In 1996, it also came to light that vinyl blinds, also known Venetian blinds, contained lead. The blinds are naturally exposed to sunlight and heat, and over time this caused the vinyl to deteriorate and leave lead dust on the surface of the blinds. The lead was used in the plastic of the blind as a stabilizer and it’s the plastic that would deteriorate over time.  Now as you know, children have a tendency to put anything and everything in their mouths, including their hands. If the child has been playing around with the blinds or even just happens to brush their hand against it and then puts their hand in their mouth, they put themselves at a huge risk of giving themselves lead poisoning which as you can guess is deadly. Lead is a highly toxic metal and a very deadly poison. Lead poison occurs when there is a build-up of lead in the body, and it can cause developmental delays and severe neurological problems, and in rare cases, it can have fatal effects.  Generally, the risk of lead poisoning is greater in children under the age of 6, any older than that and the risk greatly decreases.

Conclusions:

If you have blinds that predate 1996, then you should really considerate throwing them out. Lead poisoning doesn’t display symptoms quickly; it needs to build up over time so the sooner you throw your vinyl blinds out, the better. Since this issue was brought to light, companies that supplied blinds will now state that they are ‘Lead-Free’ or ‘Non-Leaded Formula’, so you are able to make educated choices for your child’s safety.

A home provides safety and security to any child. But this haven has its share of dangers, especially for children, and one of them is window coverings. However, with a little effort and the right precautionary measures, you can prevent any mishaps. Make a through study of all danger spots and if necessary get down on your hands and knees to look at your fixtures from a child’s perspective, especially the window coverings.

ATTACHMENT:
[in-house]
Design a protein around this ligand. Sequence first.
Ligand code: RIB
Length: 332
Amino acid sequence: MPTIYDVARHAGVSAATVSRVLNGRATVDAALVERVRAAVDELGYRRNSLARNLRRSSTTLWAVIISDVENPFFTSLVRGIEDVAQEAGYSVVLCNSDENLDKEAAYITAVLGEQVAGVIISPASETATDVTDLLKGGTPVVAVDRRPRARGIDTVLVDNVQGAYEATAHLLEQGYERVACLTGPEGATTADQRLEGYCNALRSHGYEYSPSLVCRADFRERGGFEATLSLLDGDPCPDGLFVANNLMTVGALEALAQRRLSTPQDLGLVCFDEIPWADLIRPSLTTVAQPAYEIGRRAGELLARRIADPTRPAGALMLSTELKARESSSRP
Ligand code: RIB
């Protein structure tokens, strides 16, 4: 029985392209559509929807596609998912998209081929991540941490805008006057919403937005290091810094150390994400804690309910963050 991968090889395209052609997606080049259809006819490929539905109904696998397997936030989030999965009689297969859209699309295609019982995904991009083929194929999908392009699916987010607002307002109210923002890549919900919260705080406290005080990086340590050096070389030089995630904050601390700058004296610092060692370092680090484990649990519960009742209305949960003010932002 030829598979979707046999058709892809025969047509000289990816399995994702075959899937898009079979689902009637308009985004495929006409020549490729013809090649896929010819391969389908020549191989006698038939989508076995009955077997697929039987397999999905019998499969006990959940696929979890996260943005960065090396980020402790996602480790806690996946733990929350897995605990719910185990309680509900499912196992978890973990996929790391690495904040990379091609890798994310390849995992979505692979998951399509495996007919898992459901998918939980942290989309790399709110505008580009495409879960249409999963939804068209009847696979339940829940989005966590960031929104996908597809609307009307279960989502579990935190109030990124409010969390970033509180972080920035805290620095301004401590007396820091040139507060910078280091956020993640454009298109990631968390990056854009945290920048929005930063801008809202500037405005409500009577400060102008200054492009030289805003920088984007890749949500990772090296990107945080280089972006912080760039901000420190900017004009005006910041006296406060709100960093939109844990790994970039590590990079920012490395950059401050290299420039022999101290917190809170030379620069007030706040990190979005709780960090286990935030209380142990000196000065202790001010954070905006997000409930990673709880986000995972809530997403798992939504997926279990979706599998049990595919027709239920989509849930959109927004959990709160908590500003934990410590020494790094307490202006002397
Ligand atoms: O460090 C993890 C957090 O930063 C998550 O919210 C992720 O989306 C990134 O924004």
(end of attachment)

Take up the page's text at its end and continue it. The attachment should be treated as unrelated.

Roman curtainsWith regards to window covering you can take the following precautionary measures to make them as child-safe as possible. If you have Vertical Blinds installed on windows then opt to have wand controls instead of the cord types. Dangling cords are disasters waiting to happen, especially if you have kids. Some blinds have break through tassels that provide more safety than regular blinds. Check whether your manufacturer has something that is similar to those for added safety. If you have existing blinds that has long cords try to cut them short, just enough to comfortably operate the blinds. This will take care of the unnecessary dangling length of cord. If you are about to install new blinds, then you can consider to install blinds or shades that have motorized controls.

Bamboo blindsToday, you have countless varieties of blinds and shades that come in different styles and designs. You can opt for the cordless models that are most favored these days. These cordless blinds are child safe and it is also equipped with easy to operate controls. All you have to do is lift the shades up. All the above tips and options are put forward to make your window coverings as safe as possible for your children. However, the best safety measure that can protect your child is to keep them under adult supervision.

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About the author

Nilda Nora

I love writing about interior design.